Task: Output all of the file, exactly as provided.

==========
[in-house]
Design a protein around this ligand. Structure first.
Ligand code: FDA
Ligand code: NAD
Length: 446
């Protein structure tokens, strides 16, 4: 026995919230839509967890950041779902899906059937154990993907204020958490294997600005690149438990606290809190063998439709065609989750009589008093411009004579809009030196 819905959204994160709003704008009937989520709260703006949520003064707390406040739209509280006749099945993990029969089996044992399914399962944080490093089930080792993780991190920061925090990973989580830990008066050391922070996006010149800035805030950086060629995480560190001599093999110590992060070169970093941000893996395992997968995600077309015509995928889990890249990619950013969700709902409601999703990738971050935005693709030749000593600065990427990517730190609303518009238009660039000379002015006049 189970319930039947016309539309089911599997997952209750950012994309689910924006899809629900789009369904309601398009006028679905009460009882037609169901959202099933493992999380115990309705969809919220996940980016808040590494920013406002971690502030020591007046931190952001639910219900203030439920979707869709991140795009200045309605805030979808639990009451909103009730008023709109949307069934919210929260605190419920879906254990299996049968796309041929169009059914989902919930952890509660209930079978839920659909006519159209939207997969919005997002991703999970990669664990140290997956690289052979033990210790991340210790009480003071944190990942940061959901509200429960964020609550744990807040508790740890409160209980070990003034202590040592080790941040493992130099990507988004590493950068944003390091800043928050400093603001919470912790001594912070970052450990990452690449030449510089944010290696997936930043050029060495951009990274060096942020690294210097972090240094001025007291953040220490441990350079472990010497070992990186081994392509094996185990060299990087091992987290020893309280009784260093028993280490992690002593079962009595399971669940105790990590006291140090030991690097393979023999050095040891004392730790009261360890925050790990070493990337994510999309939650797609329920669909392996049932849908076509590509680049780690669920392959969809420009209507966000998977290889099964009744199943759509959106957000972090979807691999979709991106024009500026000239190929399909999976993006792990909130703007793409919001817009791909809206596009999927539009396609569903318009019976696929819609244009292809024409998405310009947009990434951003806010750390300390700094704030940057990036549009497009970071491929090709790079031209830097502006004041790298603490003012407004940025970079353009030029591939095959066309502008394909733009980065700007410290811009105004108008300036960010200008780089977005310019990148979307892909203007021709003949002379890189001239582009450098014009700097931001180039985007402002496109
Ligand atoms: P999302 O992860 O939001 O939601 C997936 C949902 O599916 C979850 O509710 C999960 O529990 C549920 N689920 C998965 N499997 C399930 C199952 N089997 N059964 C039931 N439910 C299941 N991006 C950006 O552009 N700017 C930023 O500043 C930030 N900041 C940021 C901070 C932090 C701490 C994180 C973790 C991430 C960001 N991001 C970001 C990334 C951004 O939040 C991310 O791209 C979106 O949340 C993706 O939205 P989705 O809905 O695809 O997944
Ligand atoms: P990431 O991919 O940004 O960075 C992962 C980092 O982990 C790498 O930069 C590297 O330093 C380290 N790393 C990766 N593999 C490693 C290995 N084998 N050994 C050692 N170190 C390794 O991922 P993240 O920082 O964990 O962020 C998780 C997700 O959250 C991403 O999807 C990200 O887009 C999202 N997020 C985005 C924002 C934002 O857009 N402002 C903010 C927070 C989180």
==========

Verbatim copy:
[in-house]
Design a protein around this ligand. Structure first.
Ligand code: FDA
Ligand code: NAD
Length: 446
């Protein structure tokens, strides 16, 4: 026995919230839509967890950041779902899906059937154990993907204020958490294997600005690149438990606290809190063998439709065609989750009589008093411009004579809009030196 819905959204994160709003704008009937989520709260703006949520003064707390406040739209509280006749099945993990029969089996044992399914399962944080490093089930080792993780991190920061925090990973989580830990008066050391922070996006010149800035805030950086060629995480560190001599093999110590992060070169970093941000893996395992997968995600077309015509995928889990890249990619950013969700709902409601999703990738971050935005693709030749000593600065990427990517730190609303518009238009660039000379002015006049 189970319930039947016309539309089911599997997952209750950012994309689910924006899809629900789009369904309601398009006028679905009460009882037609169901959202099933493992999380115990309705969809919220996940980016808040590494920013406002971690502030020591007046931190952001639910219900203030439920979707869709991140795009200045309605805030979808639990009451909103009730008023709109949307069934919210929260605190419920879906254990299996049968796309041929169009059914989902919930952890509660209930079978839920659909006519159209939207997969919005997002991703999970990669664990140290997956690289052979033990210790991340210790009480003071944190990942940061959901509200429960964020609550744990807040508790740890409160209980070990003034202590040592080790941040493992130099990507988004590493950068944003390091800043928050400093603001919470912790001594912070970052450990990452690449030449510089944010290696997936930043050029060495951009990274060096942020690294210097972090240094001025007291953040220490441990350079472990010497070992990186081994392509094996185990060299990087091992987290020893309280009784260093028993280490992690002593079962009595399971669940105790990590006291140090030991690097393979023999050095040891004392730790009261360890925050790990070493990337994510999309939650797609329920669909392996049932849908076509590509680049780690669920392959969809420009209507966000998977290889099964009744199943759509959106957000972090979807691999979709991106024009500026000239190929399909999976993006792990909130703007793409919001817009791909809206596009999927539009396609569903318009019976696929819609244009292809024409998405310009947009990434951003806010750390300390700094704030940057990036549009497009970071491929090709790079031209830097502006004041790298603490003012407004940025970079353009030029591939095959066309502008394909733009980065700007410290811009105004108008300036960010200008780089977005310019990148979307892909203007021709003949002379890189001239582009450098014009700097931001180039985007402002496109
Ligand atoms: P999302 O992860 O939001 O939601 C997936 C949902 O599916 C979850 O509710 C999960 O529990 C549920 N689920 C998965 N499997 C399930 C199952 N089997 N059964 C039931 N439910 C299941 N991006 C950006 O552009 N700017 C930023 O500043 C930030 N900041 C940021 C901070 C932090 C701490 C994180 C973790 C991430 C960001 N991001 C970001 C990334 C951004 O939040 C991310 O791209 C979106 O949340 C993706 O939205 P989705 O809905 O695809 O997944
Ligand atoms: P990431 O991919 O940004 O960075 C992962 C980092 O982990 C790498 O930069 C590297 O330093 C380290 N790393 C990766 N593999 C490693 C290995 N084998 N050994 C050692 N170190 C390794 O991922 P993240 O920082 O964990 O962020 C998780 C997700 O959250 C991403 O999807 C990200 O887009 C999202 N997020 C985005 C924002 C934002 O857009 N402002 C903010 C927070 C989180």